The link instead leads to a phishing page, which ESET researchers surmised from another domain belonging to the operation submitted to VirusTotal that it was a fake Microsoft login page to steal Microsoft 365 credentials, though they weren’t able to retrieve the phishing page itself.

The next wave of the campaign was the first pysops operation, which sent disinformation emails with a PDF attachment to at least a few hundred people working for the Ukrainian government and energy companies, as well as individual citizens.

Contrary to the previously described phishing campaign, however, the goal of these emails appeared to be purely disinformation to sow doubt in the mind of Ukrainians, rather than spread malicious links.

Emails in the campaign informed recipients of potential food, heating, and drug shortages, with one going so far as to suggest they eat “pigeon risotto” and even providing photos of a living pigeon and a cooked pigeon that “shows those documents were purposely created in order to rile the readers,” the researchers noted.

“Overall, the messages align with common Russian propaganda themes,” they wrote. “They are trying to make Ukrainian people believe they won’t have drugs, food, and heating because of the Russia-Ukraine war.”

The second phase of the pysops wave occurred in December and expanded to other European countries, with a random array of a few hundred targets ranging from the Ukrainian government to an Italian shoe manufacturer, but still written in Ukrainian. The researchers discovered two different email templates in the campaign that sent sarcastic holiday greetings to Ukrainians in another effort to disparage and discourage them.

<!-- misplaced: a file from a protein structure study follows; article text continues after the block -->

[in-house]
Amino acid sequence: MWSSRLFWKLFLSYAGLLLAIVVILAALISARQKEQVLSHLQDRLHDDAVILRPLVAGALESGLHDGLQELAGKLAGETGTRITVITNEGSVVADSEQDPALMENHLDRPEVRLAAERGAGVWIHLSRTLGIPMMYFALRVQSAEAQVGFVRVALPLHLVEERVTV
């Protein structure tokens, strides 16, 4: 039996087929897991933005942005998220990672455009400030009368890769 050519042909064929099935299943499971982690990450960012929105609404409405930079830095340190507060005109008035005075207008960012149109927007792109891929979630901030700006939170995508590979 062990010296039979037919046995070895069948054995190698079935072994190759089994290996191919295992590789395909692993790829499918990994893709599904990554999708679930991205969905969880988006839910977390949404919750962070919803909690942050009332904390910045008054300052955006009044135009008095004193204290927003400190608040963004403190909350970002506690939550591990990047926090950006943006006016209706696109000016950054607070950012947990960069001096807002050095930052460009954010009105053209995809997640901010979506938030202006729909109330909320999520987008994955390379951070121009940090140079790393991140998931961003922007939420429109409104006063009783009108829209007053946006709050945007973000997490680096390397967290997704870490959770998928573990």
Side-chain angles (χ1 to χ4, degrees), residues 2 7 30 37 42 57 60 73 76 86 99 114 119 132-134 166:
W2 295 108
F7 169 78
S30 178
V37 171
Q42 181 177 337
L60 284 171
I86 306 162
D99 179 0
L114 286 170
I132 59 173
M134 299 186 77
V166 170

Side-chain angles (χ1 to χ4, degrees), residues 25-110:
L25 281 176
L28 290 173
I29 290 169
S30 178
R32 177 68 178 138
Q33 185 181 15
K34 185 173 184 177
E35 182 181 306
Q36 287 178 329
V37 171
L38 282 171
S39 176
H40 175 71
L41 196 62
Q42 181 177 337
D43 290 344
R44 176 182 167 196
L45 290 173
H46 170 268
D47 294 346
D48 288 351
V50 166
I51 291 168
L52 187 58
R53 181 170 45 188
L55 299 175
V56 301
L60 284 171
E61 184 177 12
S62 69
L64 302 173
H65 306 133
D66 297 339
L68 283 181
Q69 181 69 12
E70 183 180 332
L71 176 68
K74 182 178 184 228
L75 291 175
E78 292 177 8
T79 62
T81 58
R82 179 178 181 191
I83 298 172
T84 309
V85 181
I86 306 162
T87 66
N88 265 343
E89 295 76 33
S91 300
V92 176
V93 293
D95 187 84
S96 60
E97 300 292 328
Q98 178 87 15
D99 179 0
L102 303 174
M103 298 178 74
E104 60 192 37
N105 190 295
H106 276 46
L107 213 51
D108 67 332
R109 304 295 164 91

Malicious Domains and Defense Tactics

The researchers mainly tracked domains to keep up with the cybercriminals involved in Operation Texonto, which led them down some interesting paths. One was to a seemingly unrelated but typical Canadian pharmacy spam campaign that used an email server operated by the attackers, a “category of illegal business [that] has been very popular within the Russian cybercrime community,” they said.

Other domain names associated with the campaign reflected more recent current events such as the death of Alexei Navalny, the well-known Russian opposition leader who died Feb. 16 in prison. The existence of those domains — including navalny-votes[.]net, navalny-votesmart[.]net, and navalny-voting[.]net — “means that Operation Texonto probably includes spear-phishing or information operations targeting Russian dissidents,” the researchers wrote.

ESET included a range of indicators of compromise (IOCs), including domains, email addresses, and MITRE ATT&CK techniques in their report. The researchers also recommend that organizations enable strong two-factor authentication — such as a phone authenticator app or a physical key — to defend against spear-phishing attacks that target Office 365, Faou says.

Regarding defending against malicious actors’ attempts to spread disinformation online, “the best protection is to use our critical mindset and not to trust any information on the Internet,” he adds.